Transforming Communities Through Demolition

As Equity Homes prepares to demolish its 400th derelict house in North St. Louis County, Jacqui Davis, Demolition Manager and Director of Housing Strategies, reflects on how demolition is a key component of neighborhood revitalization.

“Abandoned, dilapidated houses are more than just an eyesore,” Davis explained. “They lower property values, provide a place for criminal activity, and are dangerous to kids and teens who might think it’s ‘fun’ to explore an abandoned house, not realizing that there are hazardous materials and structural dangers, such as the ceiling or floor collapsing on them.”

Demolition is one service that Equity Homes, a nonprofit founded by The Equity Network, provides to communities in the Normandy Schools Collaborative footprint. Its mission is to Build Equity, which it achieves by revitalizing neighborhoods and building new, affordable, quality housing.

At the time of publication, Equity Homes has demolished 397 houses and six commercial properties. Davis anticipates that her crew will complete at least 60 additional demolitions in 2022. All demolitions are completed at almost no cost to the municipalities.

“We charge municipalities only a small fee to demolish an individual or commercial property,” Davis explained. “The real cost of the demo work is covered by grants, freeing up the municipalities’ time and resources.”

Many areas have at least one derelict house that is the bane of the neighborhood: the one that has stood empty for years, attracting crime and driving down property values. Neighbors wonder why their city can’t simply tear down the house and sell it to a developer or turn it into a community green space. However, Davis explained that the process is not that simple and typically takes 3-6 months of preparation.

 “First, we identify a property that is abandoned and severely delinquent on property taxes,” Davis explained. “Then we talk to the municipality officials, who vote to pass an ordinance to purchase the property from the county. With a passed ordinance, the municipality applies for the deed to the property. Once the deed is transferred to the municipality, we can start initial process for demolition, which is an additional 8-12 weeks of preparation, including working with the Department of Health to identify hazardous materials. However, once everything is in order, it only takes a day or two to demolish the property and clear the site.”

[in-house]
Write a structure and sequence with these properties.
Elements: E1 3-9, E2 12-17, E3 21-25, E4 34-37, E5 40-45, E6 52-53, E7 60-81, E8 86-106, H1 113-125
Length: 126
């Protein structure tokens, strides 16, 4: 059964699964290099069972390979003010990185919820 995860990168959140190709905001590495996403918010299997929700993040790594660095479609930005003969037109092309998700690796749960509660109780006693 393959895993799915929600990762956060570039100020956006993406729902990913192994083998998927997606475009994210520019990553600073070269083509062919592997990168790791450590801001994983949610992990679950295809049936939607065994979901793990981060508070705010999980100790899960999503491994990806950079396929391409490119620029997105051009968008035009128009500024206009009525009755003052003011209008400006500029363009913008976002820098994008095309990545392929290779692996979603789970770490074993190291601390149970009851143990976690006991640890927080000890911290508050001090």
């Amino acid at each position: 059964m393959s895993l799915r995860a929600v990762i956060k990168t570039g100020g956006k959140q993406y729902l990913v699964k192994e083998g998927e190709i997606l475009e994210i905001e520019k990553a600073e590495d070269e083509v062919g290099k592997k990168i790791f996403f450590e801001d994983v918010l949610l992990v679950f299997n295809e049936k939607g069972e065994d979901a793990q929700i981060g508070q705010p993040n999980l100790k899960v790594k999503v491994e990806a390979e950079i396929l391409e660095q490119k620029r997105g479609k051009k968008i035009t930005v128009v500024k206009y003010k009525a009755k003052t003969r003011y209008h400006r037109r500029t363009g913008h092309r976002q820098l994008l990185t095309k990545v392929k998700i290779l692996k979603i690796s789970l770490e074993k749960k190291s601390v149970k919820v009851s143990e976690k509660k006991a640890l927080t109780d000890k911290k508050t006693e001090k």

Davis described the excitement that neighbors express when they see the crew arrive in the morning and clear out the lot completely by the end of the day.

“On one job, we met a man who had been petitioning his city for years to demo the derelict property next door,” Davis recalled. “He watched us tear down the house and clear the property in a matter of hours, and he was so excited that he was dancing and singing on his front porch in celebration. The city then sold him the property, and he turned it into a community garden.”

Municipalities often sell the cleared properties back to the community to use as a green space or garden. On other occasions, they sell the lots to developers to build new, quality homes. Communities are happy to see a lot that was once a blight on the neighborhood become a space that they can all enjoy.

“Our work would not be possible without the help and support of city and community leaders,” Davis stated. “With city leaders and residents, we are working to create safer, cleaner, more desirable neighborhoods.”

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